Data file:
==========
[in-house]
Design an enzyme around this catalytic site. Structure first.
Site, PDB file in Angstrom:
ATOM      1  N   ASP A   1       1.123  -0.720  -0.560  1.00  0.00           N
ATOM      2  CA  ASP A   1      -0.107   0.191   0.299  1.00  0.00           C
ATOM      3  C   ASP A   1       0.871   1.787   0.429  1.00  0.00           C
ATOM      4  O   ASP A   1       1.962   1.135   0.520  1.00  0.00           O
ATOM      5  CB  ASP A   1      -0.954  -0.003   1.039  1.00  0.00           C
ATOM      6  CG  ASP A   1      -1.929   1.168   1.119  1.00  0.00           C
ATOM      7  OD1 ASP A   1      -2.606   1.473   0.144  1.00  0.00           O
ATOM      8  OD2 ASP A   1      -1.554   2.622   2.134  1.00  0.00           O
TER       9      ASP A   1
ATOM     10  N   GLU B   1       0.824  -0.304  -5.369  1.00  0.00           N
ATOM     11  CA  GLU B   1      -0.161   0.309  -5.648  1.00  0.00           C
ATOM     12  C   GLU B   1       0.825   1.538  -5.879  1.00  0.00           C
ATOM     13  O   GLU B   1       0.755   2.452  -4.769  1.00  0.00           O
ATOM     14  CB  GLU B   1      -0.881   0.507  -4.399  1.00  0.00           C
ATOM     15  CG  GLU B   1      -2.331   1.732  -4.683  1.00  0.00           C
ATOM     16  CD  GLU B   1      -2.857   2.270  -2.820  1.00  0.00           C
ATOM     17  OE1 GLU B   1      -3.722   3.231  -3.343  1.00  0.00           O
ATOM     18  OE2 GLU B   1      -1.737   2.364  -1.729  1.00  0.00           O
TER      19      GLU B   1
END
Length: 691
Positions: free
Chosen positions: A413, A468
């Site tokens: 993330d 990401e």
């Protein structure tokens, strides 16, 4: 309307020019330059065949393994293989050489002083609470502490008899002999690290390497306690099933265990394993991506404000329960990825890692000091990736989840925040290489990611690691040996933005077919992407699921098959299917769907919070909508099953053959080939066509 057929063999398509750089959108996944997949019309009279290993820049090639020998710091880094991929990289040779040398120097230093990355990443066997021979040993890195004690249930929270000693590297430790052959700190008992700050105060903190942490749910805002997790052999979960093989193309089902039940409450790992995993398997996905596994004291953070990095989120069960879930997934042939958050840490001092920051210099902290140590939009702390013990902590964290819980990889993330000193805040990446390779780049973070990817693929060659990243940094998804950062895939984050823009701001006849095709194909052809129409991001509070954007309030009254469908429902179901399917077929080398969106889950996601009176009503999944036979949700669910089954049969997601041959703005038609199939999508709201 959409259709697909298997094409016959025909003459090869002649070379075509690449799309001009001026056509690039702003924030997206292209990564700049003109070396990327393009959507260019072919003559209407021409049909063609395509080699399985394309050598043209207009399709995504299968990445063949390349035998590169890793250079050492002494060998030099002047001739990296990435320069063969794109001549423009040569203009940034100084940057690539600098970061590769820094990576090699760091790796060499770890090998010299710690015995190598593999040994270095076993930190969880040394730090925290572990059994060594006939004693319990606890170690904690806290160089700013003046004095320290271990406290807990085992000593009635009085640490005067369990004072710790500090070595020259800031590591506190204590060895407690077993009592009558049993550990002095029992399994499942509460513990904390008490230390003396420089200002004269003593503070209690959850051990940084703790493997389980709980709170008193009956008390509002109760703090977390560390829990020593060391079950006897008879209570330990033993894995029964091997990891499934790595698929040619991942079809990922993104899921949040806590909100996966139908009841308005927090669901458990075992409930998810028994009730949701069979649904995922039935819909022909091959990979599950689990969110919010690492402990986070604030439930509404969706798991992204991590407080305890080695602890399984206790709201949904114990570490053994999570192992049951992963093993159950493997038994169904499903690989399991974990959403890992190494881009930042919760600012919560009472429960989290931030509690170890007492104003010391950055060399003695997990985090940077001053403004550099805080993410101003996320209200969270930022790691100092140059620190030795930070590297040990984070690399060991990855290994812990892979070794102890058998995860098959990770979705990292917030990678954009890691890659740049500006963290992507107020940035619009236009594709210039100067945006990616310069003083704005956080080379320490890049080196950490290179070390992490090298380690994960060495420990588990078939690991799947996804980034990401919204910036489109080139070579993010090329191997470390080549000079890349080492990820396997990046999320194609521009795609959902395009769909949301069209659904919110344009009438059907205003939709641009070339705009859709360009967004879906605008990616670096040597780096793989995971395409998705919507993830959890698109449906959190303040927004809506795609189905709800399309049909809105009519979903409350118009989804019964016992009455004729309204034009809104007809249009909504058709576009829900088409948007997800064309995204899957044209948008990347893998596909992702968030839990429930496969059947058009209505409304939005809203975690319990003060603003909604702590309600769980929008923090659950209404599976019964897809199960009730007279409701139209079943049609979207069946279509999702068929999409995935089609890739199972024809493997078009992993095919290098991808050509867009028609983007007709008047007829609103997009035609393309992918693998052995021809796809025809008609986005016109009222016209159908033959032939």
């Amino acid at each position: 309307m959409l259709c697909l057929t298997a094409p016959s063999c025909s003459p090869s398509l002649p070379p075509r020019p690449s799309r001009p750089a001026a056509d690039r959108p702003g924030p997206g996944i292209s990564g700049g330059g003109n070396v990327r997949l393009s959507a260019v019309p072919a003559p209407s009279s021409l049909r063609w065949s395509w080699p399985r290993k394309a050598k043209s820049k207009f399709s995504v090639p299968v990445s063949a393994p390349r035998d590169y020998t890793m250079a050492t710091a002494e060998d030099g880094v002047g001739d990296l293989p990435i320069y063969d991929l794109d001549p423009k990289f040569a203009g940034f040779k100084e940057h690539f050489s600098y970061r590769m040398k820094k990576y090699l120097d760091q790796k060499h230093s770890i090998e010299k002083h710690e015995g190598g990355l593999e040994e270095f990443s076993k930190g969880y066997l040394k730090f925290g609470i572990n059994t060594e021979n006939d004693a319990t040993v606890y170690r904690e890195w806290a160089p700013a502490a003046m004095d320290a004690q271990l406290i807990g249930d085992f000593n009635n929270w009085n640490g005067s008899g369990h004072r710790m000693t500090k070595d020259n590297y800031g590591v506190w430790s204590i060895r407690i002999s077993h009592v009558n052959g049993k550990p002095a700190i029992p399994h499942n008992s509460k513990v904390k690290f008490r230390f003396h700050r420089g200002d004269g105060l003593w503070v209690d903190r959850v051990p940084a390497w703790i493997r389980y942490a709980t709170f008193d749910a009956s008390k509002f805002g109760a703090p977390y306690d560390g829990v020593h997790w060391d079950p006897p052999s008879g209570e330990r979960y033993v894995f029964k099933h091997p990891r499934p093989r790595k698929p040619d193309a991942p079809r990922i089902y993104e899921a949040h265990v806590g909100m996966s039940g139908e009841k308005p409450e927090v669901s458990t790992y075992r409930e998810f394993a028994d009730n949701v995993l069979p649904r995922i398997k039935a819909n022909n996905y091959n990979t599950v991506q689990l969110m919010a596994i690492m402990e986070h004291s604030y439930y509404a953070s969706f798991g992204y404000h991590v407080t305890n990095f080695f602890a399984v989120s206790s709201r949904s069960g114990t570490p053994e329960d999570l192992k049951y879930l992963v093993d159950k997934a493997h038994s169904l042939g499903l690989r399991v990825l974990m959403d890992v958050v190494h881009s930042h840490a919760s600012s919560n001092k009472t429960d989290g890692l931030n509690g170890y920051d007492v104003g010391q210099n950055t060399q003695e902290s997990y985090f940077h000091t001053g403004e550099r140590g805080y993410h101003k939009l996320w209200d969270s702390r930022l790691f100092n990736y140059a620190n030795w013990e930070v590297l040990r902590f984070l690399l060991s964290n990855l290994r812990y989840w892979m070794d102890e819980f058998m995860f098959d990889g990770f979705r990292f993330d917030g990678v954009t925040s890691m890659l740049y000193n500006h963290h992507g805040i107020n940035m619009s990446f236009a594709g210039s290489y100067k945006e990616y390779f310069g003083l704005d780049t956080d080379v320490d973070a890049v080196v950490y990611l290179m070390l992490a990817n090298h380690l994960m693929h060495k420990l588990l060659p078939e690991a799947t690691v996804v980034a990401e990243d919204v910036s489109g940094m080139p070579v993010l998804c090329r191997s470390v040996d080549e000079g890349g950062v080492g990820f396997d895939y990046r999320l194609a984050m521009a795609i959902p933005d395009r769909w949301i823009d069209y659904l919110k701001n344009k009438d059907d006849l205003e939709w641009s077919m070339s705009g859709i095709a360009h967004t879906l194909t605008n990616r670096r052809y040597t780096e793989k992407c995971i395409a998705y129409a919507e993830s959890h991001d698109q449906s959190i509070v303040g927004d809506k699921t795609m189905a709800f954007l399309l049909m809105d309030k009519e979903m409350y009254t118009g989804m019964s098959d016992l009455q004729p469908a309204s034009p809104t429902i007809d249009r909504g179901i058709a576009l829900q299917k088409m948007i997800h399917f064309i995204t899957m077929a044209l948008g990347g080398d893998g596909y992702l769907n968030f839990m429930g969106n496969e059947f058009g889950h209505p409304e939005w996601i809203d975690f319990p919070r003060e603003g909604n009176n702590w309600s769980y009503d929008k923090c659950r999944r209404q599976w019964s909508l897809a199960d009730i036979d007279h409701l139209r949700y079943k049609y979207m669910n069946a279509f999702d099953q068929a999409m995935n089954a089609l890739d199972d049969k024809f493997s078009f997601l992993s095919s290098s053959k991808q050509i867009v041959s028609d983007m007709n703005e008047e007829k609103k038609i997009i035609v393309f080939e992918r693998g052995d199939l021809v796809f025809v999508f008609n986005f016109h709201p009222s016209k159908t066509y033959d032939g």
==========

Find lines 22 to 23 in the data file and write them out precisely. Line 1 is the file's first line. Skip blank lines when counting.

TER      19      GLU B   1
END